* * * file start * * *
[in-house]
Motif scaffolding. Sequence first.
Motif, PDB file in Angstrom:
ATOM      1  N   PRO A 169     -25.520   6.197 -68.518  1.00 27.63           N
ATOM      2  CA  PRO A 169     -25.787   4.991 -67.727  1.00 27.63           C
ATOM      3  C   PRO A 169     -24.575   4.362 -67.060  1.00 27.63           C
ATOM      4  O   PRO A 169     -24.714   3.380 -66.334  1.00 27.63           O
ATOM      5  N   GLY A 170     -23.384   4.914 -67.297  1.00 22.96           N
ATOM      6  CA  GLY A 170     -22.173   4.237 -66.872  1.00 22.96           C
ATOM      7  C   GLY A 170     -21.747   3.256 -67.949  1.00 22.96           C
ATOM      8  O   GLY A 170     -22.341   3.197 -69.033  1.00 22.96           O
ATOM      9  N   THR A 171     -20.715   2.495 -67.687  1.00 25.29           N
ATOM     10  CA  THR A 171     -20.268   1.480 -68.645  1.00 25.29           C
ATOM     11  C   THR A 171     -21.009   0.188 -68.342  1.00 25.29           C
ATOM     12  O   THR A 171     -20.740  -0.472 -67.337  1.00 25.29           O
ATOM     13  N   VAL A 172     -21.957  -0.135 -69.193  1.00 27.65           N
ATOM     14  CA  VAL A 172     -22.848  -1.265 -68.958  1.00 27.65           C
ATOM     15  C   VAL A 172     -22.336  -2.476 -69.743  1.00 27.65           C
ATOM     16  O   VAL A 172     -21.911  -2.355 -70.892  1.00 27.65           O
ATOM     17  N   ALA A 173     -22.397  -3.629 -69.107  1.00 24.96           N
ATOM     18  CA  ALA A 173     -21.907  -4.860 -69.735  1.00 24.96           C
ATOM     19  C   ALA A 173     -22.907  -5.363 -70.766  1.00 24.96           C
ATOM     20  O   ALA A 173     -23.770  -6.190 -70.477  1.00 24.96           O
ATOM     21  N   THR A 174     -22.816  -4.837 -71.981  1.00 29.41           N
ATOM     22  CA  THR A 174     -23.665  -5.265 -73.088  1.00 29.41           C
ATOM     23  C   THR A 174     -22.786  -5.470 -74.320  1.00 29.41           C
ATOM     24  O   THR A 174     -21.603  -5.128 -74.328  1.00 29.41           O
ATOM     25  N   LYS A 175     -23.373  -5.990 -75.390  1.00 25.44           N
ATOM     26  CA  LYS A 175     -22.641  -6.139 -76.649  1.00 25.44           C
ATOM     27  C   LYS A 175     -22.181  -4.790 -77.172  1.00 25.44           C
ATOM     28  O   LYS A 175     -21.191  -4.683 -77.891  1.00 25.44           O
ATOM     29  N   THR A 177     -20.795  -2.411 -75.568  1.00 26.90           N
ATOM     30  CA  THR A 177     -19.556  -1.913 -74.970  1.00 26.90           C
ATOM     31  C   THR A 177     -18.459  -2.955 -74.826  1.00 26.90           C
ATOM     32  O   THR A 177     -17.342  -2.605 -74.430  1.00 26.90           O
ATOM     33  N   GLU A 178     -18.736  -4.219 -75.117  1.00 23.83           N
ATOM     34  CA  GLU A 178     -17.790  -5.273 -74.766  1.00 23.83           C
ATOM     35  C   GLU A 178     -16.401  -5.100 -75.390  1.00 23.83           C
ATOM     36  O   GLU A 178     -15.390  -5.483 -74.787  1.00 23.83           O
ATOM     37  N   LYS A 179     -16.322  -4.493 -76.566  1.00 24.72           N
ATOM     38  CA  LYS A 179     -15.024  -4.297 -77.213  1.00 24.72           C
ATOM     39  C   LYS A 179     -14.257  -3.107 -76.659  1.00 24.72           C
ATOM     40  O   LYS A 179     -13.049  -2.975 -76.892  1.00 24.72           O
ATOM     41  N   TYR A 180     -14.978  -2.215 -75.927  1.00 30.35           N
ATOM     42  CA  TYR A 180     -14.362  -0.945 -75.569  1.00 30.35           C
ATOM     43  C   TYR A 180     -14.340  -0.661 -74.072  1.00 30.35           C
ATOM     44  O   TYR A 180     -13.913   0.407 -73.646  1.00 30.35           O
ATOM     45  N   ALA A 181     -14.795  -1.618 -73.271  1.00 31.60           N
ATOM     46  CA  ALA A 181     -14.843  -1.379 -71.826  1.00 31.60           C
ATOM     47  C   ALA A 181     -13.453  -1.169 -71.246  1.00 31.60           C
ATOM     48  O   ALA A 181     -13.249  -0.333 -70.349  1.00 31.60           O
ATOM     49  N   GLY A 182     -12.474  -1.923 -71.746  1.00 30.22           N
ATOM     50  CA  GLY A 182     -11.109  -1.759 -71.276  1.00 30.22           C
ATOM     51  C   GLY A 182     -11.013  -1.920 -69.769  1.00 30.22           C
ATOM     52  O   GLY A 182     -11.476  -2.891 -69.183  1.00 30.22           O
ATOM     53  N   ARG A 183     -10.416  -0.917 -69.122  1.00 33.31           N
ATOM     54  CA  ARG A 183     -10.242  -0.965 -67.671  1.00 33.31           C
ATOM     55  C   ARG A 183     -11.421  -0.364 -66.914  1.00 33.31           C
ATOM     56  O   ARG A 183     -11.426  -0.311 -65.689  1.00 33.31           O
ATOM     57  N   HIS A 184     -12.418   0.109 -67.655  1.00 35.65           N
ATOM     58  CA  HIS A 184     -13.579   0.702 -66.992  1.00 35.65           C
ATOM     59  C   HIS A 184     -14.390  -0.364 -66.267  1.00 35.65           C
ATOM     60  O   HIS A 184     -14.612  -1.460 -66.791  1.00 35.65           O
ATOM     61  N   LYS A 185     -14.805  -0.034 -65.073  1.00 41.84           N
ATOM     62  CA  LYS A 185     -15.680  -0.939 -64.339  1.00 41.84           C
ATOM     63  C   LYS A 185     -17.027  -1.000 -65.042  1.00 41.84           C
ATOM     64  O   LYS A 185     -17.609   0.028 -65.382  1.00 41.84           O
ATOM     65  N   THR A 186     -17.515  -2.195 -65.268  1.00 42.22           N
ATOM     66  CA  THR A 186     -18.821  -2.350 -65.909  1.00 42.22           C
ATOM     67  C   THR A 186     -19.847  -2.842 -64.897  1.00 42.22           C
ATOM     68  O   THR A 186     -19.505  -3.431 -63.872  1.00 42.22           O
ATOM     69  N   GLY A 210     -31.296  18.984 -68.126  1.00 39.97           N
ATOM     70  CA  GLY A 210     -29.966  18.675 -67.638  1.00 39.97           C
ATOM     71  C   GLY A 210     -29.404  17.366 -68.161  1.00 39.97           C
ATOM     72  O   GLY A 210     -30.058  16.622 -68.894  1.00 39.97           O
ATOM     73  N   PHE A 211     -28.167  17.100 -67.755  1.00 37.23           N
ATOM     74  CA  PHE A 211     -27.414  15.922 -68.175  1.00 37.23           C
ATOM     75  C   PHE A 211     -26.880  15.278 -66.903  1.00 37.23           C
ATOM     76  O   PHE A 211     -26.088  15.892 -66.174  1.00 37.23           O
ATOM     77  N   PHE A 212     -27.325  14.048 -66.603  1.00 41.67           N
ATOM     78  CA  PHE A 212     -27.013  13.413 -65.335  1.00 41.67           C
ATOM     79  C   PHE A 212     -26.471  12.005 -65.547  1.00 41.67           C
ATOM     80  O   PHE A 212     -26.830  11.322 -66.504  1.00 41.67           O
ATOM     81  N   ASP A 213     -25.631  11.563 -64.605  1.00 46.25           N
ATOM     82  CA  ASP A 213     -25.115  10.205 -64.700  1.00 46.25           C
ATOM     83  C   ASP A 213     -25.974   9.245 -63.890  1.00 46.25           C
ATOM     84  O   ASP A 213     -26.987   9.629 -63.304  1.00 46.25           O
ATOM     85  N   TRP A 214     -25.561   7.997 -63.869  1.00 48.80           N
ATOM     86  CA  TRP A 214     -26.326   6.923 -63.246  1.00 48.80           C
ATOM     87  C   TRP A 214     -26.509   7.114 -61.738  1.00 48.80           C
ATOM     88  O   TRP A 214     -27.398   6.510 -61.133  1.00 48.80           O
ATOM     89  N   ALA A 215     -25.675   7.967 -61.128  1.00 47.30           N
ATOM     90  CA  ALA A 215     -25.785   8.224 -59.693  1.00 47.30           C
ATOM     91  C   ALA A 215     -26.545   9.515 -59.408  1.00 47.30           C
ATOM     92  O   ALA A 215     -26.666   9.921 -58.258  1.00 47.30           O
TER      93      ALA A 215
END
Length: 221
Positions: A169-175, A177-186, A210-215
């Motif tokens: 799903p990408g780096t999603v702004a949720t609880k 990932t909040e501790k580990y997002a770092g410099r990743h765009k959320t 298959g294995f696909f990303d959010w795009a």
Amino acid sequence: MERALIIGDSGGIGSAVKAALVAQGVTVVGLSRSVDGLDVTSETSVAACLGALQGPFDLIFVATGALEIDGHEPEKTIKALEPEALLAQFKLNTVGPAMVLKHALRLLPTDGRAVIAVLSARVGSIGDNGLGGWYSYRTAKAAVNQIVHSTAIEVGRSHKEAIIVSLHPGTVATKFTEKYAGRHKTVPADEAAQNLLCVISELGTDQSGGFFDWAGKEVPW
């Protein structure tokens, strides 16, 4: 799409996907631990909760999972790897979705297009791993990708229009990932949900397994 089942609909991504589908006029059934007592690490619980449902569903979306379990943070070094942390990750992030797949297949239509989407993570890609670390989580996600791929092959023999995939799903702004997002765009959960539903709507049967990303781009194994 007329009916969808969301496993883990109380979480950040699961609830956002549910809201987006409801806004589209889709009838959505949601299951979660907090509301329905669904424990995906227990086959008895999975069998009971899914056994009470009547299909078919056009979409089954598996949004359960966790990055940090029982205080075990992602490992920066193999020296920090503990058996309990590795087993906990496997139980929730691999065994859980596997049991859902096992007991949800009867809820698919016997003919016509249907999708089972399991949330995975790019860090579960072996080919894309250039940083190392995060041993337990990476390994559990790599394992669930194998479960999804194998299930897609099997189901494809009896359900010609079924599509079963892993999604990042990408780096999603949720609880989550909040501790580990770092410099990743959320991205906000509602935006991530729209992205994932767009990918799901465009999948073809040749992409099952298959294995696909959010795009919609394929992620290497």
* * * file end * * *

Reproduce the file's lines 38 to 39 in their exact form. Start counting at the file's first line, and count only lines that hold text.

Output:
ATOM     35  C   GLU A 178     -16.401  -5.100 -75.390  1.00 23.83           C
ATOM     36  O   GLU A 178     -15.390  -5.483 -74.787  1.00 23.83           O